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Canada’s main stock index was treading water at the open Wednesday with weakness in materials stocks weighing on sentiment. On Wall Street, tech shares continued to struggle on valuation concerns even as Fed chair Jerome Powell’s dovish comments helped soothe inflation worries.

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At 9:30 a.m. ET, the Toronto Stock Exchange’s S&P/TSX composite index was up 11.82 points, or 0.06%, at 18,341.91.

South of the border, the Nasdaq Composite dropped 64.9 points, or 0.48 per cent, to 13400.254 at the opening bell, falling for six out of the last seven sessions.

The Dow Jones Industrial Average fell 37.6 points, or 0.12 per cent, at the open to 31499.75, while the S&P 500 fell 7.7 points, or 0.20 per cent, at the open to 3873.71.

“We’re going through a very choppy period in the markets, with investors uncertain how to read the movements we’re seeing in bond markets,” OANDA senior analyst Craig Erlam said. “The curve is steepening and investors are fretting a little about the prospect of higher inflation.

“Policy makers are doing their best to alleviate these fears but there appears to be a growing consensus that we will see more inflation this year as a result of the turbo-charged recovery everyone is anticipating.”

In this country, bank earnings continue with results from Royal Bank and National Bank.

RBC said net income excluding one-off items rose to $2.69 per share in the three months through January, compared with $2.44 per share, a year earlier. Analysts had expected $2.26 a share, according to IBES data from Refinitiv.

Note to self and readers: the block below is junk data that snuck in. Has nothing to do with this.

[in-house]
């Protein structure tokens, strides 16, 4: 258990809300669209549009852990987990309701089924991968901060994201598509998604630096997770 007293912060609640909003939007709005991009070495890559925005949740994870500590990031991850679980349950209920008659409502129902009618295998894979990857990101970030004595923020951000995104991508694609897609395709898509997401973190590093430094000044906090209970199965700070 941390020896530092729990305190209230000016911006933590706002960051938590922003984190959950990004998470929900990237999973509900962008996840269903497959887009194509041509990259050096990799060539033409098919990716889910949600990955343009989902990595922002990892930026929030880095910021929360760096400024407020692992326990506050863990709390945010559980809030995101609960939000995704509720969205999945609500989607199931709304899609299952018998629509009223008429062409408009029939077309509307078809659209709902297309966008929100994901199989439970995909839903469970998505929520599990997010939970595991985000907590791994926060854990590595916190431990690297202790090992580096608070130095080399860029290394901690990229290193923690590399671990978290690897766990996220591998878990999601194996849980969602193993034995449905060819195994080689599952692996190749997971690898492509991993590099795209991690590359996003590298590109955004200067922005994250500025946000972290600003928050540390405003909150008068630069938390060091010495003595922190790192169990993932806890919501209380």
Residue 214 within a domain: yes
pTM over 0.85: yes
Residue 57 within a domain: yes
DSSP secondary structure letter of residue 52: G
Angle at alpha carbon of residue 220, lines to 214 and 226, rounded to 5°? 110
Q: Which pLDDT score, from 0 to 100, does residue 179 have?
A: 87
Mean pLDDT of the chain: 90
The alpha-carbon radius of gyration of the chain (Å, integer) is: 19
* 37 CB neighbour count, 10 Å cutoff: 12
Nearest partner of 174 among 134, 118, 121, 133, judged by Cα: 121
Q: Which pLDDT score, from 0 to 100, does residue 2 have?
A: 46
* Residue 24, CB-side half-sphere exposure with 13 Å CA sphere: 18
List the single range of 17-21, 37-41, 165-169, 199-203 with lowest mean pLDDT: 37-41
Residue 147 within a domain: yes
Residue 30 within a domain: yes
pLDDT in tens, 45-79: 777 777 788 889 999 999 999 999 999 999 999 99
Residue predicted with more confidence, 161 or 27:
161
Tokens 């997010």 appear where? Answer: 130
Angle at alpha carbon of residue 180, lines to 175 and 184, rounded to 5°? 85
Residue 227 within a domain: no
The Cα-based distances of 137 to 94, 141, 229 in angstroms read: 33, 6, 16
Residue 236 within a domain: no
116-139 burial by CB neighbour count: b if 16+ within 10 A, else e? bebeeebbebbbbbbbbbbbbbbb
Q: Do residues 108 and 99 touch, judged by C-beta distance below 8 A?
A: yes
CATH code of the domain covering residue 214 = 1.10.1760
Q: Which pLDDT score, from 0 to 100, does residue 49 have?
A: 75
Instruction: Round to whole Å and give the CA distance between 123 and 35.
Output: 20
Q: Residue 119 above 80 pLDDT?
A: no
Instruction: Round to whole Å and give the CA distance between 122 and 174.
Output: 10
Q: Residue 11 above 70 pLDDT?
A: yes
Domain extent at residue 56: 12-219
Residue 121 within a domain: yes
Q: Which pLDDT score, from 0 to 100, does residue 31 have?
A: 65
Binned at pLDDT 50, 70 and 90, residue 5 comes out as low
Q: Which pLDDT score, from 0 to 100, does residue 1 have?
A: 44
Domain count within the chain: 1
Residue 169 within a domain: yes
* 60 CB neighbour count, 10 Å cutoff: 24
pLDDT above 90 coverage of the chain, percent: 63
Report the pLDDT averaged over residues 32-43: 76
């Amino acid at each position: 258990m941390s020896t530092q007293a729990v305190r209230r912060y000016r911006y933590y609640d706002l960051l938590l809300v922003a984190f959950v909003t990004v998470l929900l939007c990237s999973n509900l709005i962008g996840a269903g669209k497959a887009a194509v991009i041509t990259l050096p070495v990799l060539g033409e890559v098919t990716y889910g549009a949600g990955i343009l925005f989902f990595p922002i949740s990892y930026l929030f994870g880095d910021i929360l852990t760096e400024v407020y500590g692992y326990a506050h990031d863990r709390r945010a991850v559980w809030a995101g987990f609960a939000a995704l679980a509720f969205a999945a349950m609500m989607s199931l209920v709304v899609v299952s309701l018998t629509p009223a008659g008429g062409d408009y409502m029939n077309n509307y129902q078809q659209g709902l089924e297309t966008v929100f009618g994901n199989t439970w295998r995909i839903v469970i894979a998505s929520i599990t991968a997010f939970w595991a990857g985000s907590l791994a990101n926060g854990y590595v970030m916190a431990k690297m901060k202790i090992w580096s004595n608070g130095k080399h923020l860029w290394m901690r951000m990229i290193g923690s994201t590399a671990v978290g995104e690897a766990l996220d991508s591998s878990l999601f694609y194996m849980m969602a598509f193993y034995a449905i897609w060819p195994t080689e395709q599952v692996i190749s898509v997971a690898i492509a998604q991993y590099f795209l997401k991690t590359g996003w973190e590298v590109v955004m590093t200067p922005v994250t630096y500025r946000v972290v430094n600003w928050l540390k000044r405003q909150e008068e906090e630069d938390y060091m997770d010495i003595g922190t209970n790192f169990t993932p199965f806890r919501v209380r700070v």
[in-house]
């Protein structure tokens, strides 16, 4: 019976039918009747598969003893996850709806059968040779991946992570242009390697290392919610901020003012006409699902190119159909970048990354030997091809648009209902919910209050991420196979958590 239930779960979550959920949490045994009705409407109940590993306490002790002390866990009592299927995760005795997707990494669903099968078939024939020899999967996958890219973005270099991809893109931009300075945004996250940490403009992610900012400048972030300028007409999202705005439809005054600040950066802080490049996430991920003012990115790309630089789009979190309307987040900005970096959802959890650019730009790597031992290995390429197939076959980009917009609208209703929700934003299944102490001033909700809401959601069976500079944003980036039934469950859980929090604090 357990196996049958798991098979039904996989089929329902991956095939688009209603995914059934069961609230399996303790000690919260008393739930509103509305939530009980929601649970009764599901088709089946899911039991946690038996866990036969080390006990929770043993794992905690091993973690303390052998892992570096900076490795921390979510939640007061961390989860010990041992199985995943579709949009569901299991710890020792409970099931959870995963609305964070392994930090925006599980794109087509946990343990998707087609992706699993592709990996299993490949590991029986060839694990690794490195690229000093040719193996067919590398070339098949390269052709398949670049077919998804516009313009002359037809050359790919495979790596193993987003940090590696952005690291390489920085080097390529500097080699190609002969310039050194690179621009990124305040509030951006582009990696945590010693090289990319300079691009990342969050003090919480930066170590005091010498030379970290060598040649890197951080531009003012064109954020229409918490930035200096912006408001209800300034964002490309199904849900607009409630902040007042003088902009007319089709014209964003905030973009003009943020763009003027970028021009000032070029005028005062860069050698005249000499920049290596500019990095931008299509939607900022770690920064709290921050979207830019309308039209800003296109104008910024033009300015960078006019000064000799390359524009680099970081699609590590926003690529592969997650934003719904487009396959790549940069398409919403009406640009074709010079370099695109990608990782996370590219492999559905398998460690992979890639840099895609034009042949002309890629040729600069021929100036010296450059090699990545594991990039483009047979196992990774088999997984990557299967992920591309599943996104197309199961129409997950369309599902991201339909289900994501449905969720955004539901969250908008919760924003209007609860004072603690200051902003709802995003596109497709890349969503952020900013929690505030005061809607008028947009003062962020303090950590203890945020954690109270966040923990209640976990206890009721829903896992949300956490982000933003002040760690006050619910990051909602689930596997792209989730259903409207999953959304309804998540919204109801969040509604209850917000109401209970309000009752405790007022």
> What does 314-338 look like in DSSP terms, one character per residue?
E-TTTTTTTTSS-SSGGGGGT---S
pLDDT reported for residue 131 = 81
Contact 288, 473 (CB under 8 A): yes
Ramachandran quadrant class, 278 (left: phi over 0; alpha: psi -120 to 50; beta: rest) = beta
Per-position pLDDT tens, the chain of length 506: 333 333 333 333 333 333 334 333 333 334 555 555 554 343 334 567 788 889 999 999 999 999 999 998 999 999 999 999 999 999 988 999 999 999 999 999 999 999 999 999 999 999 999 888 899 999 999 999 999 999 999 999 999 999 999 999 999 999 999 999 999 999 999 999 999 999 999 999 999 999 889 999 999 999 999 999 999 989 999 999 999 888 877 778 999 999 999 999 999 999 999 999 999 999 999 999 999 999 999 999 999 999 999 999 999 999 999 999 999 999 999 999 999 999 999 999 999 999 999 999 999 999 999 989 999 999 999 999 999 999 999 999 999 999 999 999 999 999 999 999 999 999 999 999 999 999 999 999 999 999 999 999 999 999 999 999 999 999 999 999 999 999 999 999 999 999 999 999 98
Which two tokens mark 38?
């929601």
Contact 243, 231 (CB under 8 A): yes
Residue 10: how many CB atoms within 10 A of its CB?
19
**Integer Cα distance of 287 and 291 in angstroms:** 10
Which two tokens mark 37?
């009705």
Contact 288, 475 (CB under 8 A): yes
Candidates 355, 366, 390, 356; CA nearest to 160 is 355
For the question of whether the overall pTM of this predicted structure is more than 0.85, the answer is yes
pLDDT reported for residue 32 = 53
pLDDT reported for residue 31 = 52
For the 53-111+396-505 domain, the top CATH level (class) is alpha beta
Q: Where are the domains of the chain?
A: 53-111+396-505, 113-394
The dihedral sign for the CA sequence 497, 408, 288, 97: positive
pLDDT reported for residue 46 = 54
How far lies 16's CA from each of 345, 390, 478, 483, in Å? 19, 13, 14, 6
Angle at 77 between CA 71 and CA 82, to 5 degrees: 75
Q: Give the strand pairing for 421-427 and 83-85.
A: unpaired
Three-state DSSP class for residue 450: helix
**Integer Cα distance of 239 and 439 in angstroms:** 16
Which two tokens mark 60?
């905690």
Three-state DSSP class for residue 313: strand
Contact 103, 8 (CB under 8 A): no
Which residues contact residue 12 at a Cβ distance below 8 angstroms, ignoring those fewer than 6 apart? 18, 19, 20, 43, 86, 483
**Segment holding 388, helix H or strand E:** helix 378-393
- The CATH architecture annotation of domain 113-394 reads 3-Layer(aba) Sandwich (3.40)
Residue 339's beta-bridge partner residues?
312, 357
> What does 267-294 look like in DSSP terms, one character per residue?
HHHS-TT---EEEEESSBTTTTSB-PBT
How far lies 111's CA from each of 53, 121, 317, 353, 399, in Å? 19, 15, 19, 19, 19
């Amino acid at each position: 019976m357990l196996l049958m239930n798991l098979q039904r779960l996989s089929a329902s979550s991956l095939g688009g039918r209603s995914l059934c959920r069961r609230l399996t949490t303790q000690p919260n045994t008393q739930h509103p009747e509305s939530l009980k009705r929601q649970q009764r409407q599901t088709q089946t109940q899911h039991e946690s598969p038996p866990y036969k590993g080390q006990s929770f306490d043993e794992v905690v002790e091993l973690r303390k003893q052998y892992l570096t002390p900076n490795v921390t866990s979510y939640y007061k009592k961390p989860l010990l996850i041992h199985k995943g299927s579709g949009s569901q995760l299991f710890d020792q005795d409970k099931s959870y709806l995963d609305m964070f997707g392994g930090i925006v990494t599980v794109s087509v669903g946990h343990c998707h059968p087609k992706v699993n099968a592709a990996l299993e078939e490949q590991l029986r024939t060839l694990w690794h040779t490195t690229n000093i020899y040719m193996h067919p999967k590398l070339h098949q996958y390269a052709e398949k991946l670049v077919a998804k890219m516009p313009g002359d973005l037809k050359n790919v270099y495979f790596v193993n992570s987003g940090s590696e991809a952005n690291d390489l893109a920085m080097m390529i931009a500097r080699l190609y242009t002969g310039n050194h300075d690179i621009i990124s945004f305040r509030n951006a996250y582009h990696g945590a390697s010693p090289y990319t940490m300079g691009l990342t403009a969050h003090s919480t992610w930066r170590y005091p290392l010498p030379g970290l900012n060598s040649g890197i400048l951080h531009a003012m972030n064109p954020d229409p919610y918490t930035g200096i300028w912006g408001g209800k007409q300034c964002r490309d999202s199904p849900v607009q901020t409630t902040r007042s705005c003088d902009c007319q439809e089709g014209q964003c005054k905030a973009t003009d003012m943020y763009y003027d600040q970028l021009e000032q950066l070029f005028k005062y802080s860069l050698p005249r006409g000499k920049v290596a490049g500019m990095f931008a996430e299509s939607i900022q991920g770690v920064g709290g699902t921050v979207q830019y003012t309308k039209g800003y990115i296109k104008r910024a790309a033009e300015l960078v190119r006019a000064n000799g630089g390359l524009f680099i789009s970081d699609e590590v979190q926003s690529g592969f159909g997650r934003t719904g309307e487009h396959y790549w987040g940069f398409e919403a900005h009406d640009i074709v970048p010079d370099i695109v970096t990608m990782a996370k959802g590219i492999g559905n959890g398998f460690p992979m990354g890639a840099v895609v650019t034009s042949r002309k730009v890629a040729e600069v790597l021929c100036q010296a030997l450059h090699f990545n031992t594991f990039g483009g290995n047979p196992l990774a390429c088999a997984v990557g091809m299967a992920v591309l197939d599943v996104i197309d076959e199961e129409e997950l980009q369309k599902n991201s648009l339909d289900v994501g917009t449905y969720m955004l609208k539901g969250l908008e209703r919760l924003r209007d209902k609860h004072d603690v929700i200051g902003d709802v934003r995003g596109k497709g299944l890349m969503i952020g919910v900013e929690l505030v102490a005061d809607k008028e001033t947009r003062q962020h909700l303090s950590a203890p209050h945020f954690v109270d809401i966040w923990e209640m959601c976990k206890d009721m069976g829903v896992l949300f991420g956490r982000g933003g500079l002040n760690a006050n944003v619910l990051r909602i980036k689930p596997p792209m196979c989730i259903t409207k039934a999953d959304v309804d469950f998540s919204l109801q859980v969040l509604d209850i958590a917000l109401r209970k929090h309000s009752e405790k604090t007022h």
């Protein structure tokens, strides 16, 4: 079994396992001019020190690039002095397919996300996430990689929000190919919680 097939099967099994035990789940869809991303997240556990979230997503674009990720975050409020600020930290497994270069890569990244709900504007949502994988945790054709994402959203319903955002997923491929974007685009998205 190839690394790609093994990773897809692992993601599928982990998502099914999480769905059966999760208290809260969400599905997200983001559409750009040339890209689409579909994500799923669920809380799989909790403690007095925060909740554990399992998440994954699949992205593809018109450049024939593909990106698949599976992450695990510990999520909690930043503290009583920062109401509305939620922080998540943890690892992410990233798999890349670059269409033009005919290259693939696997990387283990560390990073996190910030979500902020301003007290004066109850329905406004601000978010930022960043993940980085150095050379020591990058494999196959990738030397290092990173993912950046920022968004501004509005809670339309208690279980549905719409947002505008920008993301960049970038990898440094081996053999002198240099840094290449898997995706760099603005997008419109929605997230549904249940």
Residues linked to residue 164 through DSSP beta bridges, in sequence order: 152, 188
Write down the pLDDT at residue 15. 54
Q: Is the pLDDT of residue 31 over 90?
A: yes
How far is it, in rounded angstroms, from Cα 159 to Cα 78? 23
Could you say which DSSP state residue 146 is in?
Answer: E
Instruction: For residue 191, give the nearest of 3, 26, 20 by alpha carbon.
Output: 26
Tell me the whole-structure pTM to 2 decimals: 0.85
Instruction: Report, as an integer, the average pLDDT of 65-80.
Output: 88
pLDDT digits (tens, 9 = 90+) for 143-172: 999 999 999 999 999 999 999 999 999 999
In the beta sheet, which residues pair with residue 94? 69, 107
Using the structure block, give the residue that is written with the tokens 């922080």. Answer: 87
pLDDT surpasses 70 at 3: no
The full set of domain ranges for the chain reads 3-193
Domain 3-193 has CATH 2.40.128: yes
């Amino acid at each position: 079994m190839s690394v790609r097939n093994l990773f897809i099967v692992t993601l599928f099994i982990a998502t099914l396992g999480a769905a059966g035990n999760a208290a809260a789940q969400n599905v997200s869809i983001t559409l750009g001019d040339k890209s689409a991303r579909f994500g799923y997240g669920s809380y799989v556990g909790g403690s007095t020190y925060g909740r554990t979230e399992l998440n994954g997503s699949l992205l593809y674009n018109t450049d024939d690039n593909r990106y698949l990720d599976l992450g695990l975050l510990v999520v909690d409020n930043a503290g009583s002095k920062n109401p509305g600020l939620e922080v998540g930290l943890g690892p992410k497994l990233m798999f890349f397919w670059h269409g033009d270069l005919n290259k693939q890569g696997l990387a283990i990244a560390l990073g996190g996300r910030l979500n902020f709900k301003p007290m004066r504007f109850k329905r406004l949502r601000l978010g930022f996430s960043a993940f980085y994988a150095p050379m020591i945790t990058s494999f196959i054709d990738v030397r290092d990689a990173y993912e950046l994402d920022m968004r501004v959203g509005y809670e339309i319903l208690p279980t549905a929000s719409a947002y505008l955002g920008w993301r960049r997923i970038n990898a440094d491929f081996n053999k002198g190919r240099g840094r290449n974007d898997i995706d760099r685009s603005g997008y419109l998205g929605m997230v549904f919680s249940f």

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Meanwhile, National Bank said net income excluding one-off items rose to $761-million, or $2.15 a share, in the first quarter, compared with $620-billion, or $1.70 a share, a year earlier. Analysts had expected $1.71 a share, according to IBES data from Refinitiv.

Shares of Royal Bank were down slightly in early trading in Toronto. National Bank shares gained more than 3 per cent.

On Tuesday, Bank of Nova Scotia and Bank of Montreal both saw their shares rise after first-quarter profit topped analysts’ forecasts and moved back above prepandemic levels. Both banks also set aside less money to cover write-offs in their fiscal first quarter, which ended Jan. 31, than in any quarter since the COVID-19 pandemic began.

Overseas, the pan-European STOXX 600 was up 0.49 per cent in early afternoon trading. Britain’s FTSE 100 rose 0.23 per cent while Germany’s DAX and France’s CAC 40 advanced 0.76 per cent and 0.11 per cent, respectively.

In Asia, Japan’s Nikkei ended down 1.61 per cent. Hong Kong’s Hang Seng lost nearly 3 per cent.


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Crude prices recouped early losses to turn higher despite a surprise build in U.S. inventories.

The day range on Brent is US$64.80 to US$65.82. The range on West Texas Intermediate is US$60.97 to US$61.95.

Figures released by the American Petroleum Institute showed that crude stockpiles rose by 1 million barrels last week. Analysts had been expecting to see a decline. The increase came as a winter storm in parts of the southern United States curbed demand and some facilities were forced to close.

Traders will now turn their attention to more official weekly inventory numbers due later Wednesday morning from the U.S. Energy Information Administration.

“The API inventory selloff, as expected, remained relatively shallow after several banks have raised their house forecasts in response to the recent oil markets strength,” Axi chief market strategist Stephen Innes said.

“Likewise, traders are balloting up forward projections in reaction to the demand recovery and the anticipated draining of OECD inventories.”

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Earlier this week, Goldman Sachs raised its forecast for crude prices, saying it now sees Brent trading at US$70 a barrel in the next quarter and US$75 a barrel later in the year.

In other commodities, gold prices were holding near a one-week high as the U.S. dollar pulled back in the wake of Mr. Powell’s comments.